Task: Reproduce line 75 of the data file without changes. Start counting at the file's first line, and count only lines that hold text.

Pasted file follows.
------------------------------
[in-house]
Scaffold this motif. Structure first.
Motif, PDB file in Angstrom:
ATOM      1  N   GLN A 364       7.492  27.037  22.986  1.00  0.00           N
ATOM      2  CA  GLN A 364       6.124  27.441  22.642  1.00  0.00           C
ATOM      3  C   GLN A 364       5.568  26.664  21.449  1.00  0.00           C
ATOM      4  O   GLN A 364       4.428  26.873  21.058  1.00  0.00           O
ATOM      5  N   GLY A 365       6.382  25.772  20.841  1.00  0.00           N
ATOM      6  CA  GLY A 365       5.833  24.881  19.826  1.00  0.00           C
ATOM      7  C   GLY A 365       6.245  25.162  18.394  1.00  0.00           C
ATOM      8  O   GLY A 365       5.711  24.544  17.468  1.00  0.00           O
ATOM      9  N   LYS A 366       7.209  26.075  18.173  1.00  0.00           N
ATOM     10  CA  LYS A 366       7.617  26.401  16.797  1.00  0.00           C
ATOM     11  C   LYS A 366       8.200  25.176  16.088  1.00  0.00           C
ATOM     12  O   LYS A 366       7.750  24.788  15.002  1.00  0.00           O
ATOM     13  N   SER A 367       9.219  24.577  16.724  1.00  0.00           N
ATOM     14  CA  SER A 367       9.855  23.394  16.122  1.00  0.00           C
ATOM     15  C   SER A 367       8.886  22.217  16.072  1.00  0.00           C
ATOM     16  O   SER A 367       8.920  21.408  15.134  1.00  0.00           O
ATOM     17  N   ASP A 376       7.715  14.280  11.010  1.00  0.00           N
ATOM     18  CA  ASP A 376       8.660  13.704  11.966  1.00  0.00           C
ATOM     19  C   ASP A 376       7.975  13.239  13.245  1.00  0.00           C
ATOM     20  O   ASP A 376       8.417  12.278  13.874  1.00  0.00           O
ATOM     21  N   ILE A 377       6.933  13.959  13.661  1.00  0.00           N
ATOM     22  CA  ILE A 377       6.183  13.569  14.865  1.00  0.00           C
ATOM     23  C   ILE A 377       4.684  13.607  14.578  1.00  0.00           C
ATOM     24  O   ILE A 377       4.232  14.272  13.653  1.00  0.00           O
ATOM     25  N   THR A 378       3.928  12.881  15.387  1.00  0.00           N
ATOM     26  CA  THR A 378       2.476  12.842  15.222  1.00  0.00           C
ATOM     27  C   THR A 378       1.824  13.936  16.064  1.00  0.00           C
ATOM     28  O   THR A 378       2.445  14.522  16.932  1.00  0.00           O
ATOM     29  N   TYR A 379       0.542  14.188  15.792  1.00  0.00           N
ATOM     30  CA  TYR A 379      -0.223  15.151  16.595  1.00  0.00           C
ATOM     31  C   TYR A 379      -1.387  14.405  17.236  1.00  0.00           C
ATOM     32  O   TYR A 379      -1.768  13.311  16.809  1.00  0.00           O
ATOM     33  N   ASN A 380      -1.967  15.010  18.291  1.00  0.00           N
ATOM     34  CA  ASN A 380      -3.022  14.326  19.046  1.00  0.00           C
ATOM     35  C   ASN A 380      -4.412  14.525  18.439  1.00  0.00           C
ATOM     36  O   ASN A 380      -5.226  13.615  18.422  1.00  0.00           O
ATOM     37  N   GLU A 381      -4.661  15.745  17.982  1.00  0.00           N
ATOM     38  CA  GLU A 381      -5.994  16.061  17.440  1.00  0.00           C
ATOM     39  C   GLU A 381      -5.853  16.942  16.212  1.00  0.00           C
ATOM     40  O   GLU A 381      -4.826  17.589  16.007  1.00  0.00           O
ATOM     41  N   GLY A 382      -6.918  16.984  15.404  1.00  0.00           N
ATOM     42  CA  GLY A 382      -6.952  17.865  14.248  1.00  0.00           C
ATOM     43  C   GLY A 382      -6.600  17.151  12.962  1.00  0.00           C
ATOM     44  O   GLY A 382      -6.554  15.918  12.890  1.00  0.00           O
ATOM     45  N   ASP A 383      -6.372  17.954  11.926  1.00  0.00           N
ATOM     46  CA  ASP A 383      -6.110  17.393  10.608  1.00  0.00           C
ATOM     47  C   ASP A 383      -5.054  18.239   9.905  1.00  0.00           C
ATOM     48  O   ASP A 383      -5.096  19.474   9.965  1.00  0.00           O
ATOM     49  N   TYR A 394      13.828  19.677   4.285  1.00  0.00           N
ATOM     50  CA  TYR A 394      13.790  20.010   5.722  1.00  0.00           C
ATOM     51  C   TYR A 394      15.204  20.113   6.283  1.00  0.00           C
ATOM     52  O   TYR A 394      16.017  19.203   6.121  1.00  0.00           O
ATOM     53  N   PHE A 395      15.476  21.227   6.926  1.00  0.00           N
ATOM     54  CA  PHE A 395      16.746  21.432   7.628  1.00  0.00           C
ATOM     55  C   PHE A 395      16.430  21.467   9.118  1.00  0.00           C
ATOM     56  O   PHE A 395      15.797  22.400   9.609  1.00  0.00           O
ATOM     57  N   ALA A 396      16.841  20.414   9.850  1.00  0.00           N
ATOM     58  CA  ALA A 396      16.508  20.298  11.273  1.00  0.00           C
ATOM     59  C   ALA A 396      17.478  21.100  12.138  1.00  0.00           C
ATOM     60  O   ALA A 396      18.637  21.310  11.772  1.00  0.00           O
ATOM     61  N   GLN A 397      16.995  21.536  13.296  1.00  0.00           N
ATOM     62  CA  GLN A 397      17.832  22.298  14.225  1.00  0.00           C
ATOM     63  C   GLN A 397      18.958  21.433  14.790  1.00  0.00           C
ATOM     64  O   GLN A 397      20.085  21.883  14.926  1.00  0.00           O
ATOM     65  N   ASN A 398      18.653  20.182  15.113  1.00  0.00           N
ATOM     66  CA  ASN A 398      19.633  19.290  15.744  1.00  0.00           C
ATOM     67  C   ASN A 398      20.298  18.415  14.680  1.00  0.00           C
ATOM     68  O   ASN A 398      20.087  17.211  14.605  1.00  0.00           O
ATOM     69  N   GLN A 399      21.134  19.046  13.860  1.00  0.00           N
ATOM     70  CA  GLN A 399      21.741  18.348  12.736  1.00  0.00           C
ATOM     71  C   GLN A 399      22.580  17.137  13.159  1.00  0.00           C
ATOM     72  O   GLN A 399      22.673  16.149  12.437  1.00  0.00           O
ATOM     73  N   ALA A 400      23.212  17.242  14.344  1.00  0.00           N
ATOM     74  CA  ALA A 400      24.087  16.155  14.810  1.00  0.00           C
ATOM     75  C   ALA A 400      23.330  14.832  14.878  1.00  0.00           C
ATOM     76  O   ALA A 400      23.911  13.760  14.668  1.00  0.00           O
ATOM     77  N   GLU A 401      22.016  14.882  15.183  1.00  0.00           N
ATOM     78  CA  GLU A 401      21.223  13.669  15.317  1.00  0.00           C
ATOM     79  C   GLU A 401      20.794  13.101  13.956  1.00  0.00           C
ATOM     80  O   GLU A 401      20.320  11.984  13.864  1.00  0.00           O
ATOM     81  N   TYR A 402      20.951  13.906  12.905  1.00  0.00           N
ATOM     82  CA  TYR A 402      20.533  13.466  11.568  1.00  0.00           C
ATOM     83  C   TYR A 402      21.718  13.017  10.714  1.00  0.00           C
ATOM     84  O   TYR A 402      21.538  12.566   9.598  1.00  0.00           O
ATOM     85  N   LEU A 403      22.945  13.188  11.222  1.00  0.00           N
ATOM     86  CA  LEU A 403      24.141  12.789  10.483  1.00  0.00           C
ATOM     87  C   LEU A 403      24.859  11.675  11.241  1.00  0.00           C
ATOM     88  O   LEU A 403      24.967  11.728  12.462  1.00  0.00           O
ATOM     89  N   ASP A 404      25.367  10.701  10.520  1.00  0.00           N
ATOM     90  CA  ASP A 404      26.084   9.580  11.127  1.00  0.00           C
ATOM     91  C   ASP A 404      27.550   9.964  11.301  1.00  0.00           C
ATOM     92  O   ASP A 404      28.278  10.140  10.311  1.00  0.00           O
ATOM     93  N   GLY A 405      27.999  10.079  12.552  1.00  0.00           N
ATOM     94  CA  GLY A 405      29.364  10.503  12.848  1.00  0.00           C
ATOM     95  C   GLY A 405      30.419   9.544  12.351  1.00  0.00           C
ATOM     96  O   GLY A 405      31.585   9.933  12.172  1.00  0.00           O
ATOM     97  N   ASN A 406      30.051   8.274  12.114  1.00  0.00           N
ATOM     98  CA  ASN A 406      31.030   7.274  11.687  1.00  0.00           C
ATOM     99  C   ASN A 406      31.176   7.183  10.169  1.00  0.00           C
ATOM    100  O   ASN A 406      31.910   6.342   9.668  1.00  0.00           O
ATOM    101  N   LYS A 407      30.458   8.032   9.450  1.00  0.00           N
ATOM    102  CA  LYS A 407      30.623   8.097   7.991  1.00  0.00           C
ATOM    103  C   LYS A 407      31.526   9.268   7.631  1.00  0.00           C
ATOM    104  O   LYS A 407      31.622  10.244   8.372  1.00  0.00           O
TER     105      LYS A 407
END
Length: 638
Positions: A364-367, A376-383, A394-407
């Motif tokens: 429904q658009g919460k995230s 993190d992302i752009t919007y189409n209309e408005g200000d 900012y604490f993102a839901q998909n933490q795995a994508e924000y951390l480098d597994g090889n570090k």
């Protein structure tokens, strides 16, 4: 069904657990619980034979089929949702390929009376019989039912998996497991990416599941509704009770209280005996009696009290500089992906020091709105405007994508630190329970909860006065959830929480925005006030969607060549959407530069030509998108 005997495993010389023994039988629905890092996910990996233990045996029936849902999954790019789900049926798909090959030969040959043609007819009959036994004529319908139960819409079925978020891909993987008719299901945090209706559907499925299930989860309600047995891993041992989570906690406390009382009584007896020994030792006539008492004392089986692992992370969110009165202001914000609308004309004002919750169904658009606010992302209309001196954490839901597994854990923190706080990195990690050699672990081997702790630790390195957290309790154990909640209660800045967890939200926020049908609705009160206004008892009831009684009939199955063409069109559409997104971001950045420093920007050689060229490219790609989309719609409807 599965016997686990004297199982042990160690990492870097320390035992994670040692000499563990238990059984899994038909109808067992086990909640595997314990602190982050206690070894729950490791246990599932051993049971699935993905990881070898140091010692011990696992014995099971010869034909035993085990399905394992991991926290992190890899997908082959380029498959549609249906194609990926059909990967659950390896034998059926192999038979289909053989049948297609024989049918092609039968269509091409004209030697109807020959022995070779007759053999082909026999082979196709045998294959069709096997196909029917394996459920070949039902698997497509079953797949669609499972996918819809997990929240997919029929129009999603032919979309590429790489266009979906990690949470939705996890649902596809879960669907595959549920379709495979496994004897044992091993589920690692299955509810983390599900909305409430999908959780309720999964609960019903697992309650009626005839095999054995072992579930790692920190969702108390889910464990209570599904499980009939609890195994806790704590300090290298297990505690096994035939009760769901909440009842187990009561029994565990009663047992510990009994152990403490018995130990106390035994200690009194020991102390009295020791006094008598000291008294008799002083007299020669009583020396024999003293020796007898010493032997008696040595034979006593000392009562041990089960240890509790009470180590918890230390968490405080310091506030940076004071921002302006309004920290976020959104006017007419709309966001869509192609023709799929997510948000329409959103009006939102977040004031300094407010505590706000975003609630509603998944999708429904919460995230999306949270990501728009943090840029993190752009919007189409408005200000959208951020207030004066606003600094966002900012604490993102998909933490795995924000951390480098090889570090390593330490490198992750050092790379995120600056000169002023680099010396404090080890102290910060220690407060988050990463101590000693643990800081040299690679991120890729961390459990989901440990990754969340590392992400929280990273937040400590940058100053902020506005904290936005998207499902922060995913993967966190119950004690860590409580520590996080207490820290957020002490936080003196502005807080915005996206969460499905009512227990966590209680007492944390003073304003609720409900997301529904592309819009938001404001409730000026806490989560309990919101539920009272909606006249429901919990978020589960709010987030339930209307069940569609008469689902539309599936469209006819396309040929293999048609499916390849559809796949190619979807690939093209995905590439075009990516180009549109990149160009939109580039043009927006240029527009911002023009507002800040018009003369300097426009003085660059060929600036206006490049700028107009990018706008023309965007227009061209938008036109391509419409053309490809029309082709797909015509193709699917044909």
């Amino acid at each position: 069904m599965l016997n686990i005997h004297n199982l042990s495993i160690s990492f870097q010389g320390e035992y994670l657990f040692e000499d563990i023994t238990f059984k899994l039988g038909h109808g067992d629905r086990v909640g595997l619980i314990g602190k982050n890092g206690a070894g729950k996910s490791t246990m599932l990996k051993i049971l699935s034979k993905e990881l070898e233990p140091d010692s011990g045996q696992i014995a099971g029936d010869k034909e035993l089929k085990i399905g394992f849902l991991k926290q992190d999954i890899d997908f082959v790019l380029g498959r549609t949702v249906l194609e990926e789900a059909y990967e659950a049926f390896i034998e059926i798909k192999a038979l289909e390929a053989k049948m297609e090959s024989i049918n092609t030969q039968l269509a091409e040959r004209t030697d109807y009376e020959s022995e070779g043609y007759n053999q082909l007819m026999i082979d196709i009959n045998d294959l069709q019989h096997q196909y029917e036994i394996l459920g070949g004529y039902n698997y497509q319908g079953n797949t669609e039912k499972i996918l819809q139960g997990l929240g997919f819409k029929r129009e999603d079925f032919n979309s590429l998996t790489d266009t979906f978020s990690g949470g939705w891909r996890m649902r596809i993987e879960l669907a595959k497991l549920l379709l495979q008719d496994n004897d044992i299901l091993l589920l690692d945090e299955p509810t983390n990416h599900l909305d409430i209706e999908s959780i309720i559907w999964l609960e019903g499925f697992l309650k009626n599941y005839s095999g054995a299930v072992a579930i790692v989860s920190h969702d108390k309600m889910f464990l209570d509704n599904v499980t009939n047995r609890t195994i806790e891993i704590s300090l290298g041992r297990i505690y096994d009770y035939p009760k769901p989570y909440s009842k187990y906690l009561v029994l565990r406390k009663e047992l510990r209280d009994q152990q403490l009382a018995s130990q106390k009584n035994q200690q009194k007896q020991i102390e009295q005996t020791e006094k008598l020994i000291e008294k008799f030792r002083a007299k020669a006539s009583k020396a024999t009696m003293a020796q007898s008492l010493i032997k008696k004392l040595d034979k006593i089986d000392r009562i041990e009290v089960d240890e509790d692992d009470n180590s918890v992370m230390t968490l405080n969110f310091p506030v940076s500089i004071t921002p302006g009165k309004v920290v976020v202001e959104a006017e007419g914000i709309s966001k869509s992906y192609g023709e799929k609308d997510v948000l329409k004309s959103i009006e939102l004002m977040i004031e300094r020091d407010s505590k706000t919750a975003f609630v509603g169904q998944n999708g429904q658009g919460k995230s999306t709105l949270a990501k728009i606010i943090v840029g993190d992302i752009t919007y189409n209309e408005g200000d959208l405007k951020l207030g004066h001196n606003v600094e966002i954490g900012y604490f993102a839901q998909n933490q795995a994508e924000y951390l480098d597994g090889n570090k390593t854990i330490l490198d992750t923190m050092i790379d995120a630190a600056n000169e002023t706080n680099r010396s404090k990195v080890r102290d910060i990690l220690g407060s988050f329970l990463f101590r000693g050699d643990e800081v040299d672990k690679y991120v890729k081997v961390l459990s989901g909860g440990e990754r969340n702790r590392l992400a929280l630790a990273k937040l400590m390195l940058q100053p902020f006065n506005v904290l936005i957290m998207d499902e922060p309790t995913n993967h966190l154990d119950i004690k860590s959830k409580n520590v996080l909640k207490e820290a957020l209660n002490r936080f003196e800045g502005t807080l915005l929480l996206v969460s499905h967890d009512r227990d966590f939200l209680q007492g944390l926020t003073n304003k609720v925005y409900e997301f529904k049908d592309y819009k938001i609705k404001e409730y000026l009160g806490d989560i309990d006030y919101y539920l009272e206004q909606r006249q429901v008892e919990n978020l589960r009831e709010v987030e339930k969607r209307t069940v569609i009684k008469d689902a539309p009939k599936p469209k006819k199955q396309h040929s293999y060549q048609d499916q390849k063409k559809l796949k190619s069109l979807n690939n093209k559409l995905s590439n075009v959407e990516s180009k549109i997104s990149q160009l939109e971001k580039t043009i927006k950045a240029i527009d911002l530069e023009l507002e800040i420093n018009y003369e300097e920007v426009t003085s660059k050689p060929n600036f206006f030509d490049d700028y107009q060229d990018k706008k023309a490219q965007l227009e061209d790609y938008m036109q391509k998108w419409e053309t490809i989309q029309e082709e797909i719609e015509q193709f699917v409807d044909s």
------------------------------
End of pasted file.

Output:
ATOM     72  O   GLN A 399      22.673  16.149  12.437  1.00  0.00           O